Mr. Bosman: what’s my motivation, money?

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Mr. Bosman: what’s my motivation, money?

Brand, host:

That’s what most of us believe: the more money you pay someone – a worker, a CEO – the better. In other words, monetary incentives.

Daniel Pink says no, that’s not true. In fact, money may actually make someone less productive. He is the author of the new book, “drive: the surprising truth about what motivates us”.

Welcome to the show.

Mr. DANIEL PINK (author, “drive: the amazing truth about what motivates us”) : madeline, it’s great to be here.

Brand: this is indeed a surprising fact. You call it the Tom Sawyer effect.

Mr. PINK: yes. That’s right.

Brand: this is what you created, named after Tom Sawyer, a fictional character who had to paint some fences in the early part of the book. Somehow, he asked the children to do it for him. How did he do it?

Mr. PINK: he persuaded them that it was interesting. There is a little bit of repetition here, but what the sawyer effect is, increasing autonomy and mastering a otherwise dull task can turn some work into play. In the same way, paying for something they really enjoy can often turn into work.

Brand: so it becomes drudgery – this is…

Mr. PINK: in some ways, yes. There’s a lot of research showing that if you apply an occasional, extrinsic, interesting reward, you can actually eliminate someone’s interest in the activity. There is a famous study, a group of children like to draw, if you bring them in, if you draw, I’ll give you a shiny certificate, the children will draw, then two weeks later, they have no interest in drawing – this intrinsic motivation is very fragile, most of the time these external motivation can suppress it.

Brand: this applies to work.

Mr. PINK: absolutely. Humans have a natural desire for autonomy, some very cool, interesting companies that provide almost complete autonomy for workers. Let me give you a cool example.

Have a Australian company called Atlassian – software company – they every quarter for software developers to do one thing: you can handle anything follow one’s inclinationsly, follow one’s inclinationsly only need to display the results at the end of the 24 hours to the other members of the company.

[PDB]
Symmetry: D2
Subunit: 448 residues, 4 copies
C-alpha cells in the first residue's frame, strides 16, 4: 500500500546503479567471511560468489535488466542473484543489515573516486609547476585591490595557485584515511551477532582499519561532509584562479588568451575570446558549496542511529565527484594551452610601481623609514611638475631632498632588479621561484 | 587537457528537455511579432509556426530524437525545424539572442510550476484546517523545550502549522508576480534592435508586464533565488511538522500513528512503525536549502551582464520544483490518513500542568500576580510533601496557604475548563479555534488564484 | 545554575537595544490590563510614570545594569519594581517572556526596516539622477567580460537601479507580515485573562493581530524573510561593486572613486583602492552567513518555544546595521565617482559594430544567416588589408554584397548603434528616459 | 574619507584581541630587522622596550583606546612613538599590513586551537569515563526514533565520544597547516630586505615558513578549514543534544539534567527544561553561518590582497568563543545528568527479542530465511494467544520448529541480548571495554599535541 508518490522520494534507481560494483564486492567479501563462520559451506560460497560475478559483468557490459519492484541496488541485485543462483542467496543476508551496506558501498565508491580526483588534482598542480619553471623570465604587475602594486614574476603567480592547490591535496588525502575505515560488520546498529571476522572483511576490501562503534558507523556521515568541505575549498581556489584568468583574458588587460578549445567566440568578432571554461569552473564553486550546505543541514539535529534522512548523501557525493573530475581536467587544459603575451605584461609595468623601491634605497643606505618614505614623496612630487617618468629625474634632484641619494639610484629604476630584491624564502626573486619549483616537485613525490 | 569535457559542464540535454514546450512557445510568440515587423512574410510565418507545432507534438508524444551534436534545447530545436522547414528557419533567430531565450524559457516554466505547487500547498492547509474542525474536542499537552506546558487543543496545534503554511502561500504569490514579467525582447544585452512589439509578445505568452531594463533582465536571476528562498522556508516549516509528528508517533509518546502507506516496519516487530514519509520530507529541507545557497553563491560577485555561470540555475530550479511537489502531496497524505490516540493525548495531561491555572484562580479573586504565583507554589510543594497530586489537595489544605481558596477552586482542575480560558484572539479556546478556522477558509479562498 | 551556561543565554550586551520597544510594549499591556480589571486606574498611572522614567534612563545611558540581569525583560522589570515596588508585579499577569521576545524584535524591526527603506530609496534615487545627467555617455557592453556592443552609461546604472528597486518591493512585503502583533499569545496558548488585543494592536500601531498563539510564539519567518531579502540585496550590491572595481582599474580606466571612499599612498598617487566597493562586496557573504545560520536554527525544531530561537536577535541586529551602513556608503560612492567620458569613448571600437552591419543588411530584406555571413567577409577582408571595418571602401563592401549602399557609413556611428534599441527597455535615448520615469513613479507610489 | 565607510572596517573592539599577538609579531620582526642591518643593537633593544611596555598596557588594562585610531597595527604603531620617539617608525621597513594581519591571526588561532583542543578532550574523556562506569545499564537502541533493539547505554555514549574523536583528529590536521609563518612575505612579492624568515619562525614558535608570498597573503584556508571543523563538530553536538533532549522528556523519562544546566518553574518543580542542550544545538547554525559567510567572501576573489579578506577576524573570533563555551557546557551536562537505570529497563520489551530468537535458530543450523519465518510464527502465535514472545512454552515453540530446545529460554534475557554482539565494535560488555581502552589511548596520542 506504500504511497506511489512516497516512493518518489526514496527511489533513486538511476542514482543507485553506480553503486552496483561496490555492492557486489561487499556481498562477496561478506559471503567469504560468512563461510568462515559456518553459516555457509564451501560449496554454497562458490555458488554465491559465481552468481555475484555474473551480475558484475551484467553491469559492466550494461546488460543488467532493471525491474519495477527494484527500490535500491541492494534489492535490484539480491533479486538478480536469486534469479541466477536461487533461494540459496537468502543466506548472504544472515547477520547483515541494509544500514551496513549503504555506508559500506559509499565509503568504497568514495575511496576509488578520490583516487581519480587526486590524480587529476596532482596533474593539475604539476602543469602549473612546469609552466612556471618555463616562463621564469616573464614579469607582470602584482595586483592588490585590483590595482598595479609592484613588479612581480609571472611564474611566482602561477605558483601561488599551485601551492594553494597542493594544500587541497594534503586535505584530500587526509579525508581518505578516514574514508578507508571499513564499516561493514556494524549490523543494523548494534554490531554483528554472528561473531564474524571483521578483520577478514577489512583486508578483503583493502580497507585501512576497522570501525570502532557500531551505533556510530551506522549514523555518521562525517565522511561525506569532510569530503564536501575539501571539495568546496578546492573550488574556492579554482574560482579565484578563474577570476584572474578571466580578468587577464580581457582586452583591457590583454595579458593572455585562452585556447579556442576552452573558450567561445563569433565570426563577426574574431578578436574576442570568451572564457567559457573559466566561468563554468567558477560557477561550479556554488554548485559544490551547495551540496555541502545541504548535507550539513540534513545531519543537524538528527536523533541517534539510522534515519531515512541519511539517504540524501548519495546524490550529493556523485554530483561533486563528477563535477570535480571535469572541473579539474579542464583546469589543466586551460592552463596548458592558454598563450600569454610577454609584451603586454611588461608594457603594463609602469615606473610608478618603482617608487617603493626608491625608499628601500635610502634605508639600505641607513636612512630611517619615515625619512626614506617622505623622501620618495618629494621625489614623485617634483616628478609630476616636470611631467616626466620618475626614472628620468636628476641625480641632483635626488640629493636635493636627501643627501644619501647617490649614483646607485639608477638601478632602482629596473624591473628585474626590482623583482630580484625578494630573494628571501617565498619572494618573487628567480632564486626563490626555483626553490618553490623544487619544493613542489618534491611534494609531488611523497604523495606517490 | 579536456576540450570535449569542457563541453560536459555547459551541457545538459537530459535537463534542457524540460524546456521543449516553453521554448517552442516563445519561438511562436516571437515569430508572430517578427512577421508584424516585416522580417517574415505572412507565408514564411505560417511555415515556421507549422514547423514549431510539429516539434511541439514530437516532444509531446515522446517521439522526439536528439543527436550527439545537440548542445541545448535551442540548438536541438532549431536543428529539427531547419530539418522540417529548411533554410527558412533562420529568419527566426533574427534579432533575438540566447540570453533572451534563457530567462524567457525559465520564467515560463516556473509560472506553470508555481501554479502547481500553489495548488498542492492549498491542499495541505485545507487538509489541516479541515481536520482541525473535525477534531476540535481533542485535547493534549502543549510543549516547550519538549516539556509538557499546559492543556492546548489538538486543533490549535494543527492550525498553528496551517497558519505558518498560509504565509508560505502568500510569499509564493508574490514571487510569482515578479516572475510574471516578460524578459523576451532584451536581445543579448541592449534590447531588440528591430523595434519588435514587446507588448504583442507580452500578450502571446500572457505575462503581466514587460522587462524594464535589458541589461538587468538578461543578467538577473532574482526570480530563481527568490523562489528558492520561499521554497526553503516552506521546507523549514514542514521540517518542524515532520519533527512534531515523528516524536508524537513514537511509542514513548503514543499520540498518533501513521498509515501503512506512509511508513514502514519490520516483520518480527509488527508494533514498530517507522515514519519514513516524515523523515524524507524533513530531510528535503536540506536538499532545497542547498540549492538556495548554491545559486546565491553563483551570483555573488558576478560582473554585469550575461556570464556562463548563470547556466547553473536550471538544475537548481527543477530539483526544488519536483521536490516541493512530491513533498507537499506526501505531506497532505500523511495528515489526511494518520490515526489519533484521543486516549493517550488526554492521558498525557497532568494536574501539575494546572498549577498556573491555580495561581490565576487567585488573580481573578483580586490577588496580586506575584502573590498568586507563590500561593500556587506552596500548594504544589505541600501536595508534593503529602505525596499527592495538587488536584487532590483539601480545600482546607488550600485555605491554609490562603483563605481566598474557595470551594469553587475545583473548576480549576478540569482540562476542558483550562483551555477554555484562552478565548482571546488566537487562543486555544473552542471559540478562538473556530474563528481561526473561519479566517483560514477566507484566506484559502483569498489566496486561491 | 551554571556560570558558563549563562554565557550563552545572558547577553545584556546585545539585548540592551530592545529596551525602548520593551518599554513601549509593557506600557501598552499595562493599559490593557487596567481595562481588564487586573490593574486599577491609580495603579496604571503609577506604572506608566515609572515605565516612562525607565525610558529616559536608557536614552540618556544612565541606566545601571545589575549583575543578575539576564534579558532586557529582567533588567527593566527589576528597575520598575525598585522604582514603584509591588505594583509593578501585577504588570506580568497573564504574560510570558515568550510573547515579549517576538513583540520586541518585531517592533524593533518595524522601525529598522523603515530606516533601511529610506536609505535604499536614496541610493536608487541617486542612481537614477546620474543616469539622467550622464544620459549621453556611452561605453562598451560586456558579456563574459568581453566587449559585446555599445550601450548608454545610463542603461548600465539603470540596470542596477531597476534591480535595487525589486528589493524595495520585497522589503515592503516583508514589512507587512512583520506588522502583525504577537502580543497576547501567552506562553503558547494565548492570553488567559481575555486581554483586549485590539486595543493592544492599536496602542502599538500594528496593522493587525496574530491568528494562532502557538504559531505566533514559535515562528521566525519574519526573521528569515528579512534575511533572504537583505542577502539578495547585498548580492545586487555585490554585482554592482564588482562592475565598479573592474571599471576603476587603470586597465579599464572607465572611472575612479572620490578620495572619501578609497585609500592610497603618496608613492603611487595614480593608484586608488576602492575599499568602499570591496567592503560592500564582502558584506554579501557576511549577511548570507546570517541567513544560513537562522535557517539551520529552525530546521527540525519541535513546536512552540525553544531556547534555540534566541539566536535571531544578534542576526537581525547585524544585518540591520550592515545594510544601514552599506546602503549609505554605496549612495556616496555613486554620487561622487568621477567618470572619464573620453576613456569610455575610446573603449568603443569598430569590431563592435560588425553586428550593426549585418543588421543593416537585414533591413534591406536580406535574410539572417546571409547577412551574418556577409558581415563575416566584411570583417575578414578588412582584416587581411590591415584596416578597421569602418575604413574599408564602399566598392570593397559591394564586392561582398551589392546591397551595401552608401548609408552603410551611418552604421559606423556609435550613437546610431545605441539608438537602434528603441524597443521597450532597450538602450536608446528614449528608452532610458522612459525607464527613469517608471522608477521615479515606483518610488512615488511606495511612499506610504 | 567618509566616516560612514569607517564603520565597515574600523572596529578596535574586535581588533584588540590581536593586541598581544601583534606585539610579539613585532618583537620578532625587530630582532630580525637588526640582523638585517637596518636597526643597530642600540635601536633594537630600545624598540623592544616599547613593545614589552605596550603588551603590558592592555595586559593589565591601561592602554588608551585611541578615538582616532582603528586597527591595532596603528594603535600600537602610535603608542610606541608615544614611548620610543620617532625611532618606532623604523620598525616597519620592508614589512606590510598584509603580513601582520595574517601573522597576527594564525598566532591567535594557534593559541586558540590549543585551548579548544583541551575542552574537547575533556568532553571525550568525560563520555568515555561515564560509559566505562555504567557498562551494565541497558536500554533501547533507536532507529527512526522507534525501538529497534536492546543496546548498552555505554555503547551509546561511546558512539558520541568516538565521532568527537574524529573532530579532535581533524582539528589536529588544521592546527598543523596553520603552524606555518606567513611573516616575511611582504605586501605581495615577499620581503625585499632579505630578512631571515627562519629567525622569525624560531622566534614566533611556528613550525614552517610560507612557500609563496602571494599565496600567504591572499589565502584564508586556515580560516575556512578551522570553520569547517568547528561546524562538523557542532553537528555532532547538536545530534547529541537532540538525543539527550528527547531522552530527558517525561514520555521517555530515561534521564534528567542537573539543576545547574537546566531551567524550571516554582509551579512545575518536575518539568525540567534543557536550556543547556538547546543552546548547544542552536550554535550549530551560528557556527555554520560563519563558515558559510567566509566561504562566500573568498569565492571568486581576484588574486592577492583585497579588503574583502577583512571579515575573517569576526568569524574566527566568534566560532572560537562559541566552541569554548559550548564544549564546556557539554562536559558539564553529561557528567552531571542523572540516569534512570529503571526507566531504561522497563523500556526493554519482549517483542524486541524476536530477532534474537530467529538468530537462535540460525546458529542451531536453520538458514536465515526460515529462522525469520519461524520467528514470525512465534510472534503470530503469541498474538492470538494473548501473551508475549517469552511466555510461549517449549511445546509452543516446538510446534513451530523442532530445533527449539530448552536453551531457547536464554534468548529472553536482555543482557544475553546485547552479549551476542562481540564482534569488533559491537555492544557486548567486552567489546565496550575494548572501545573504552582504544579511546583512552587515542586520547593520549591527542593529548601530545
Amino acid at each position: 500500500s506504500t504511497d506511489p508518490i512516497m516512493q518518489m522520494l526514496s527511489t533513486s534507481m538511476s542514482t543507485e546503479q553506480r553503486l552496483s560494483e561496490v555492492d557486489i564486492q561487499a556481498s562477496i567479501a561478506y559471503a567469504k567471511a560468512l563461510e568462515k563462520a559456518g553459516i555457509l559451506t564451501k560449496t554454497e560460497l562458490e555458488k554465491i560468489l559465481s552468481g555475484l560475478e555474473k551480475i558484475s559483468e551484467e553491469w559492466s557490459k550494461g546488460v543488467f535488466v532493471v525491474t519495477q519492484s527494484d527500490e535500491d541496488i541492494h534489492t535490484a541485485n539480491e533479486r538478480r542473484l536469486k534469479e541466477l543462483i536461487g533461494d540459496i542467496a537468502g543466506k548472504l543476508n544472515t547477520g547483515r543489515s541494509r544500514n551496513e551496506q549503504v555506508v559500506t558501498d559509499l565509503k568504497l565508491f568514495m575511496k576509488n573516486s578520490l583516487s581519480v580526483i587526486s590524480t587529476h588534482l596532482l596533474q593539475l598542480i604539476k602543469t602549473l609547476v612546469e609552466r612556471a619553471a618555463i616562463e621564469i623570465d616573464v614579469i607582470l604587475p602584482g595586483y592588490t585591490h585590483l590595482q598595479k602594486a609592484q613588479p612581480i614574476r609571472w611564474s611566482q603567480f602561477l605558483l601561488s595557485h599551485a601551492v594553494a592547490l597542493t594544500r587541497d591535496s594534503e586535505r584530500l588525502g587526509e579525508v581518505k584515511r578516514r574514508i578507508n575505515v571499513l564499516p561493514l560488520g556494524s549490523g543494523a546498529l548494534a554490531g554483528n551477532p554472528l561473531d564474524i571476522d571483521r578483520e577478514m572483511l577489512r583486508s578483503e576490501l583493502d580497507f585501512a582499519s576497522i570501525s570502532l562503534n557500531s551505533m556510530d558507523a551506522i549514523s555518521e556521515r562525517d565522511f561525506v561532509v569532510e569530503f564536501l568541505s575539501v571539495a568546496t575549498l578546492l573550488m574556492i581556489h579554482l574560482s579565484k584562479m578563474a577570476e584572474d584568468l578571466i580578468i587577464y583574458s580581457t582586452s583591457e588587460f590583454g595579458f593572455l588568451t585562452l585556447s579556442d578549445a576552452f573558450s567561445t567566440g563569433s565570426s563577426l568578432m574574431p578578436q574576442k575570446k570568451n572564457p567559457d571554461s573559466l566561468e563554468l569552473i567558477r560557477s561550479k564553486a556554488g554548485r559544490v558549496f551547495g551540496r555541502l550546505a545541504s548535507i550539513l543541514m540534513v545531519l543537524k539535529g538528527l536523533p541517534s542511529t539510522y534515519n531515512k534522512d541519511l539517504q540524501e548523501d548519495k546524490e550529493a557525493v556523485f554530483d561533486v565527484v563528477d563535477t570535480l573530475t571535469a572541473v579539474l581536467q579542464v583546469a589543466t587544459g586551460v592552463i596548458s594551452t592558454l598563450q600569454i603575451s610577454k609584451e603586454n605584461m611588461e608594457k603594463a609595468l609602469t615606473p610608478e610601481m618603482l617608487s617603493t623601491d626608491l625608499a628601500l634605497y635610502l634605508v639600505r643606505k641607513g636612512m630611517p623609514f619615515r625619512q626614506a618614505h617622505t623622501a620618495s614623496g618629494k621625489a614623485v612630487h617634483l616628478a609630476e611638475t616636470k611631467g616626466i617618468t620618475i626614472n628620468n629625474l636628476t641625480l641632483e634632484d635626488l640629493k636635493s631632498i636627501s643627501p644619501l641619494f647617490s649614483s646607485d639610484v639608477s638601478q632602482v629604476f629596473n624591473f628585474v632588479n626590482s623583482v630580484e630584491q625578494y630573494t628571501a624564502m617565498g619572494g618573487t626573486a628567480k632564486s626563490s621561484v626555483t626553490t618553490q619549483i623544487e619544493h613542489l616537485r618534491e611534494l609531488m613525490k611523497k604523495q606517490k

They call these things fedex days because you have to deliver overnight. The strong autonomy of that day produced a whole suite of software fixes, a range of ideas for new products, and a series of upgrades to existing products.

Brand: but you’re talking about a small group of workers. This is the knowledge-based economy, and the rest is service oriented. It’s a rote work that people have to work at some time.

Mr. PINK: ok.

Brand:… Do something and then leave at some point.

Mr. PINK: ok. In fact, it’s very widespread throughout the workplace. Some of the most interesting examples are the high performance achieved through intrinsic motivation, while autonomy is perceived as a low level of autonomy and skill.

Let’s call center. Call center is a very difficult job. Usually, a call comes in, you listen to the phone, you click on some keys on your computer, it calls a script, you read the script — it’s a very routine job. So, there’s a company called Zappos that has completed the call center in a completely different way. They are for… said

Brand: because this is a shoe company.

Mr. PINK: this is a shoe company.

Brand: yes.

Mr. PINK: they say their workers solve their customers’ problems in any way you want. They don’t call. They don’t spy on the phone. The delegates had no scripts. Now, that seems crazy in the call center world. Low, Zappos is one of the most well-regarded customer service companies. Many of our businesses assume that, but for a carrot, humans just sit there and don’t do anything, that’s wrong.

I mean, we are motivated and engaged, not passive and inert. In many ways, I think, our background makes us passive and inert. But, if we change the context, I think all of us can evoke the real feeling of, scientifically confirmed autonomous consciousness, and the purpose of, and for the desire of the fun and interesting things.

Brand: Daniel Pink is the author of a new book, “drive: surprising truth.”

thank you

Mr. PINK: I’m glad to be here.

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